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For example, during the 2008 recession we bought a foreclosure in a very nice neighborhood with very large lots at a bargain price. It was run down and needed a lot of repairs. We had all the repairs done and moved into the house. Soon after moving in we were accosted on the street by a neighbor who accused us of bringing down the prices of the neighborhood because we bought the house at a bargain price.


During the recession a couple of houses in my neighborhood sold at bargain prices and I was happy it lowered my property taxes.

.
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Old 07-05-2018, 06:45 PM   #8
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After watching the 20/20 program last Friday on road rage, I too am kinda worried about nut cases.

Specifically ones that lose it when driving, who knows if they have a gun or want to use their car as a deadly weapon.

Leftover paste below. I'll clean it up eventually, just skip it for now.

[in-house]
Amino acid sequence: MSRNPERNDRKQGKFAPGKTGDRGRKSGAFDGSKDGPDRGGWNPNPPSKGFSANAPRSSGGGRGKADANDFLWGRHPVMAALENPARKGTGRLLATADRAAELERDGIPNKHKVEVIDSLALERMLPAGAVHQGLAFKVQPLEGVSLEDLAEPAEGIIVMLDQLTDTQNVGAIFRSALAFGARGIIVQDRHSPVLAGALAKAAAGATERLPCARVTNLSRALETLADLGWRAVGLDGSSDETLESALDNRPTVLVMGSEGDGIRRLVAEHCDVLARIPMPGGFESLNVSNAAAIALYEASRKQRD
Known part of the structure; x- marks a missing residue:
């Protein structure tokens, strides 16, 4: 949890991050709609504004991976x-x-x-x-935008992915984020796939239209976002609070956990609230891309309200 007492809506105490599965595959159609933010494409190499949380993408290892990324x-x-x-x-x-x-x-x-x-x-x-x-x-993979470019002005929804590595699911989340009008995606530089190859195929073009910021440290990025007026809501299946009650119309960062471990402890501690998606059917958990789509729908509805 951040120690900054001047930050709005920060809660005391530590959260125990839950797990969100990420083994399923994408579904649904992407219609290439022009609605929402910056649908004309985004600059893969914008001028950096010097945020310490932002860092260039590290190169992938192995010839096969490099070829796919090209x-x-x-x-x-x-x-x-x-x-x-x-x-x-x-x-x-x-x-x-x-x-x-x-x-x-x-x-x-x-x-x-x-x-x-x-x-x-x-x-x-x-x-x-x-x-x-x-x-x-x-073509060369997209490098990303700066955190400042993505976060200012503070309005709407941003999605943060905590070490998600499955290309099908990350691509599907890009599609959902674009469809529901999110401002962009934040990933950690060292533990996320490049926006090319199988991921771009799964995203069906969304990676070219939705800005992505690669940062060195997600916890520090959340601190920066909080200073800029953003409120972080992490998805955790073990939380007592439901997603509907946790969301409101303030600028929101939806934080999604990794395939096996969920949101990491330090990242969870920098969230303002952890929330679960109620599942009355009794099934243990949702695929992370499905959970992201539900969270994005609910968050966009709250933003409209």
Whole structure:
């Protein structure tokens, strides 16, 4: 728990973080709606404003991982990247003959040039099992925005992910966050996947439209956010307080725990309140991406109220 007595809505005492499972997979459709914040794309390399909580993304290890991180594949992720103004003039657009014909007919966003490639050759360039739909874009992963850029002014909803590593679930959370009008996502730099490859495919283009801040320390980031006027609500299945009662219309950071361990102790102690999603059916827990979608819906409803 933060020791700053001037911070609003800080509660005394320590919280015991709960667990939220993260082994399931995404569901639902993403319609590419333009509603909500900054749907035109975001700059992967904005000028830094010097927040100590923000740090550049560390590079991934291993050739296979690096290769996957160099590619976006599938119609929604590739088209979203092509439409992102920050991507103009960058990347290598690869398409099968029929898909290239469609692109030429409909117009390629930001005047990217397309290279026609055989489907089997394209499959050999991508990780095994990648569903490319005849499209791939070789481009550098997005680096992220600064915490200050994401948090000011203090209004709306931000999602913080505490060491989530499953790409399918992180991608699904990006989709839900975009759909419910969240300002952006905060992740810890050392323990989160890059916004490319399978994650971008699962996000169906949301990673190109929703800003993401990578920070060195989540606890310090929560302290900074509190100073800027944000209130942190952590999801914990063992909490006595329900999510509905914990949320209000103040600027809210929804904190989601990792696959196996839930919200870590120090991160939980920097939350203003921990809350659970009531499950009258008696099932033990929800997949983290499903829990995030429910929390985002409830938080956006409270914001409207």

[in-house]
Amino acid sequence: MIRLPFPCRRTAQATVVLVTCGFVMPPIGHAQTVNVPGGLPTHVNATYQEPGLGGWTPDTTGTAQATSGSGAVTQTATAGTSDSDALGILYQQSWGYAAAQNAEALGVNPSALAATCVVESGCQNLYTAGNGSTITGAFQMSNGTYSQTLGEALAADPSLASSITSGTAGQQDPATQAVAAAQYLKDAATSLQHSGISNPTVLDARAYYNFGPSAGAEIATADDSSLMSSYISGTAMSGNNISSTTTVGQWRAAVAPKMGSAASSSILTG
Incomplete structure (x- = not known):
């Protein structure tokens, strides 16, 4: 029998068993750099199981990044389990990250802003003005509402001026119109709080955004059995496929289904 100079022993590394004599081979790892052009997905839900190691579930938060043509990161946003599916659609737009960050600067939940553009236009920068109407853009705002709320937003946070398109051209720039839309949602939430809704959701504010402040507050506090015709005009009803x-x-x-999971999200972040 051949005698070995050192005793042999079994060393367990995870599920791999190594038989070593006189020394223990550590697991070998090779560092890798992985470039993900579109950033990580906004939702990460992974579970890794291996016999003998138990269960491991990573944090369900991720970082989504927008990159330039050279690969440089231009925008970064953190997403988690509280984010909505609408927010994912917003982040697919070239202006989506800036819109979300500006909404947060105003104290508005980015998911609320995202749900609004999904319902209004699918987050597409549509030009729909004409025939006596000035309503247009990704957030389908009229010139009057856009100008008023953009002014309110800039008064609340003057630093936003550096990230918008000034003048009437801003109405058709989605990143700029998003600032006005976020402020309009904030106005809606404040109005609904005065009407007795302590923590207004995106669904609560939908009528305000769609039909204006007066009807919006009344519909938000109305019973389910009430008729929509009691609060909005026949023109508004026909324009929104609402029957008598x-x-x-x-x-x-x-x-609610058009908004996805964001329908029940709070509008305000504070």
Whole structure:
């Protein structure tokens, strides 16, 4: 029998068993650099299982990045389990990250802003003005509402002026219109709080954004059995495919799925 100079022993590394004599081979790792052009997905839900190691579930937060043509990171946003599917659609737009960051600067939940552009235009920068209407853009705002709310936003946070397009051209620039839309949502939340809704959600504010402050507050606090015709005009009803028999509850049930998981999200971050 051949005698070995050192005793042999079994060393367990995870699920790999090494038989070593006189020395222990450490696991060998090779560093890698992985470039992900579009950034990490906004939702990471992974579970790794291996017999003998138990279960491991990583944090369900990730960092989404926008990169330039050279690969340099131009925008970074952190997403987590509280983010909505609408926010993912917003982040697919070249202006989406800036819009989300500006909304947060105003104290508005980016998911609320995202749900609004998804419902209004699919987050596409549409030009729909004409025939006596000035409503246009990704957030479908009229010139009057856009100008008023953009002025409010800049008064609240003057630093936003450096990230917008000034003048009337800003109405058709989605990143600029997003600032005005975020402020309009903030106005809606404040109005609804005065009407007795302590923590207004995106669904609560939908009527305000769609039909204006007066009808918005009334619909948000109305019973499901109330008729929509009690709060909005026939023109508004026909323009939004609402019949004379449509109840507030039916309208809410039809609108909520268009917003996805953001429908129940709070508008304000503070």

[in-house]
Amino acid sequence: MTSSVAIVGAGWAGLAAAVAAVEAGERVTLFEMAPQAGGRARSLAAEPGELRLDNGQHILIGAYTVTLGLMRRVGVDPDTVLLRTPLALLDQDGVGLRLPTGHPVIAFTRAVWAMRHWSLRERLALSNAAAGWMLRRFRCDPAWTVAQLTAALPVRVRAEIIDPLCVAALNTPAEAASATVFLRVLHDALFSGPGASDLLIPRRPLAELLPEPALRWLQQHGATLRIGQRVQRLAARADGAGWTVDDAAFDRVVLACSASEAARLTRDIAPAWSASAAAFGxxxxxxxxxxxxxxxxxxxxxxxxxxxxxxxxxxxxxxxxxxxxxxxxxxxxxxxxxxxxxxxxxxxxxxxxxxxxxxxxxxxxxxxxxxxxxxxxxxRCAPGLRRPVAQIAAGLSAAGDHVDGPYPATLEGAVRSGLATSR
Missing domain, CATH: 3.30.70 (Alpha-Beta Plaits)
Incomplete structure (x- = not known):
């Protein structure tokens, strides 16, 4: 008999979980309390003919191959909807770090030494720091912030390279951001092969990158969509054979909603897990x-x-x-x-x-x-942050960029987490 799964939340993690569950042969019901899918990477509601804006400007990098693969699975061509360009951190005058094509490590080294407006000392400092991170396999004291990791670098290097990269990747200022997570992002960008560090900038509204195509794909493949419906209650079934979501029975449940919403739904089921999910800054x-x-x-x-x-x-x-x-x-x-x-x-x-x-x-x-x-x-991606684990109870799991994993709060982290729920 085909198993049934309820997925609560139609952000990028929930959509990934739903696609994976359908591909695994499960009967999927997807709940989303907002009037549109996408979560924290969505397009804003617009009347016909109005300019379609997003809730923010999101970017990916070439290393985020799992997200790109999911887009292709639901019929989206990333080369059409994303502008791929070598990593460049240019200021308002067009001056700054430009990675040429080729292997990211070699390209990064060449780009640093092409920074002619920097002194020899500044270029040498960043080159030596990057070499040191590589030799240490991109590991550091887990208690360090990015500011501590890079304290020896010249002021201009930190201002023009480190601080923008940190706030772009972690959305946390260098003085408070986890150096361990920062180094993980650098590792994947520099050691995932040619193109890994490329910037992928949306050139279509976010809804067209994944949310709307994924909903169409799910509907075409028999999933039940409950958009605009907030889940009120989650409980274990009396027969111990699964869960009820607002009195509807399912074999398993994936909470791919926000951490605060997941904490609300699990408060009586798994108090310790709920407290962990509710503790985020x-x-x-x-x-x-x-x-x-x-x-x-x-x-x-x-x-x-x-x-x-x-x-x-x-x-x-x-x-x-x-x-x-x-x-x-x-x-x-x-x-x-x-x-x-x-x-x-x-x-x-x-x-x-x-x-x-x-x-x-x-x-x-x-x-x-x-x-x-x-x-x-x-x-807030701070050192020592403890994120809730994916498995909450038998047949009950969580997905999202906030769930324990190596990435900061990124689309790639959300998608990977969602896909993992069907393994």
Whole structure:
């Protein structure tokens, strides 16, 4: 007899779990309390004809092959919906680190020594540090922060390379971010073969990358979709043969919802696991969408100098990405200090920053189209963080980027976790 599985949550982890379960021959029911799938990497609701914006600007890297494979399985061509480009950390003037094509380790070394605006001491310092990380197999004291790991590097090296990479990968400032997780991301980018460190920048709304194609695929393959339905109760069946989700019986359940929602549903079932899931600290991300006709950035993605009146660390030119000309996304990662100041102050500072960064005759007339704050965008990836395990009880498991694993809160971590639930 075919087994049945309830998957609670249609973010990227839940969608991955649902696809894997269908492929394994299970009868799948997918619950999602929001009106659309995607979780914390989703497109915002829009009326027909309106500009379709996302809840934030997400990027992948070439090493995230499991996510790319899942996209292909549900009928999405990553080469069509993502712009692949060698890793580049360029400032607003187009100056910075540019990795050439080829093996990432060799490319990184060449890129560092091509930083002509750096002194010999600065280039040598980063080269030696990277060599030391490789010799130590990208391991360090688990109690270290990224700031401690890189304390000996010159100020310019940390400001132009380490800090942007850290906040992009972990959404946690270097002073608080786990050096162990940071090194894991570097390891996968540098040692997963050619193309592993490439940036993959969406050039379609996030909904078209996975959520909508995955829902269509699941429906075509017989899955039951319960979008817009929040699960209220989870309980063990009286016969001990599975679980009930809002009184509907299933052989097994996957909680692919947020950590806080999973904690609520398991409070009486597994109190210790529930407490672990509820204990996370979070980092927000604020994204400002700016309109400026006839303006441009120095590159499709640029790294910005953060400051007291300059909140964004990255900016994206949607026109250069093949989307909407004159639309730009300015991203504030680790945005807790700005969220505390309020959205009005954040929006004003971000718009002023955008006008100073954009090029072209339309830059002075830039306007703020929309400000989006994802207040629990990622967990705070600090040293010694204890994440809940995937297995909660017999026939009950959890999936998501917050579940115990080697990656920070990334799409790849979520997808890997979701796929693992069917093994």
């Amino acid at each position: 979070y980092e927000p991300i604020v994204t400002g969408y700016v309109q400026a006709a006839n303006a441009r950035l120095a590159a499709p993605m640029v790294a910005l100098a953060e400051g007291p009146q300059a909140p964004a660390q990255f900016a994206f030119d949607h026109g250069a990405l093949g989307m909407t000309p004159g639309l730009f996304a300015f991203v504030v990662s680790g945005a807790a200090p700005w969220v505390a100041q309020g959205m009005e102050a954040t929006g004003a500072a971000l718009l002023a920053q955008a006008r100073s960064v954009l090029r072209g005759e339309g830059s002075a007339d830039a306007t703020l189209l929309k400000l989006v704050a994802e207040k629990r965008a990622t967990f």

I feel the need to go out and buy one of those dash mounted cameras to record everything??

Kind of curious to the ex law enforcement officers out there, how many people that you stopped or came into contact with carried a gun either that they admitted or that you noticed (on their person, glove box, under the seat)?
I'm not talking about people that were actually using a gun and therefore the police were called.

Just something you found out via questioning or being offered up by the 'suspect' when stopped or being questioned for something else i.e. speeding.
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Old 07-05-2018, 06:49 PM   #9
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I don't worry about this at all.
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Old 07-05-2018, 07:00 PM   #10